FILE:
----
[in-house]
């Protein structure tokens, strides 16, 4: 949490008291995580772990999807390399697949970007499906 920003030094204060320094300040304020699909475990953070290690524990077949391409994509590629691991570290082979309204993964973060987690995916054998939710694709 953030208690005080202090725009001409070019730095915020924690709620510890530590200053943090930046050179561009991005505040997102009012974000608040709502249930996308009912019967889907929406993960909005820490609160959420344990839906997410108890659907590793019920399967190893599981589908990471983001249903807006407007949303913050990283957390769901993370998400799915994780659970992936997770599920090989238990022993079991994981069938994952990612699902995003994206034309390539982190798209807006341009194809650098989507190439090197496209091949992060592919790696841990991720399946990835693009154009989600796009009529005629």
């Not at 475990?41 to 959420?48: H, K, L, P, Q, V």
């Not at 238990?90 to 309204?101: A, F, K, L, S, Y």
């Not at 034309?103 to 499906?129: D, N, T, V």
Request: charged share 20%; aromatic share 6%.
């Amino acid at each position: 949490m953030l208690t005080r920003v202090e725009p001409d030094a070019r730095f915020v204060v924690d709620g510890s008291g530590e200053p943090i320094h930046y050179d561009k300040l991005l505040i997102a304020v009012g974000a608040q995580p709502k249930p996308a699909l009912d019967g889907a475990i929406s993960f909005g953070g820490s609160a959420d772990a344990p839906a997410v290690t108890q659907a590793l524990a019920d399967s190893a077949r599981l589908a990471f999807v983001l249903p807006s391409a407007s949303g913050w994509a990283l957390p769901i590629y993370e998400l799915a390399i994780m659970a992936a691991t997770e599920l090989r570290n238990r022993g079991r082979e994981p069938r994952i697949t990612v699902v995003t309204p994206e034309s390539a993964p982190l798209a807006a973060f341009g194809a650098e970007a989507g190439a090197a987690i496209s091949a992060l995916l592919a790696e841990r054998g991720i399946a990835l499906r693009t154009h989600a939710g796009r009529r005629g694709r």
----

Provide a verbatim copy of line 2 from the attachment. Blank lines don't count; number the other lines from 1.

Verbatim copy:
């Protein structure tokens, strides 16, 4: 949490008291995580772990999807390399697949970007499906 920003030094204060320094300040304020699909475990953070290690524990077949391409994509590629691991570290082979309204993964973060987690995916054998939710694709 953030208690005080202090725009001409070019730095915020924690709620510890530590200053943090930046050179561009991005505040997102009012974000608040709502249930996308009912019967889907929406993960909005820490609160959420344990839906997410108890659907590793019920399967190893599981589908990471983001249903807006407007949303913050990283957390769901993370998400799915994780659970992936997770599920090989238990022993079991994981069938994952990612699902995003994206034309390539982190798209807006341009194809650098989507190439090197496209091949992060592919790696841990991720399946990835693009154009989600796009009529005629």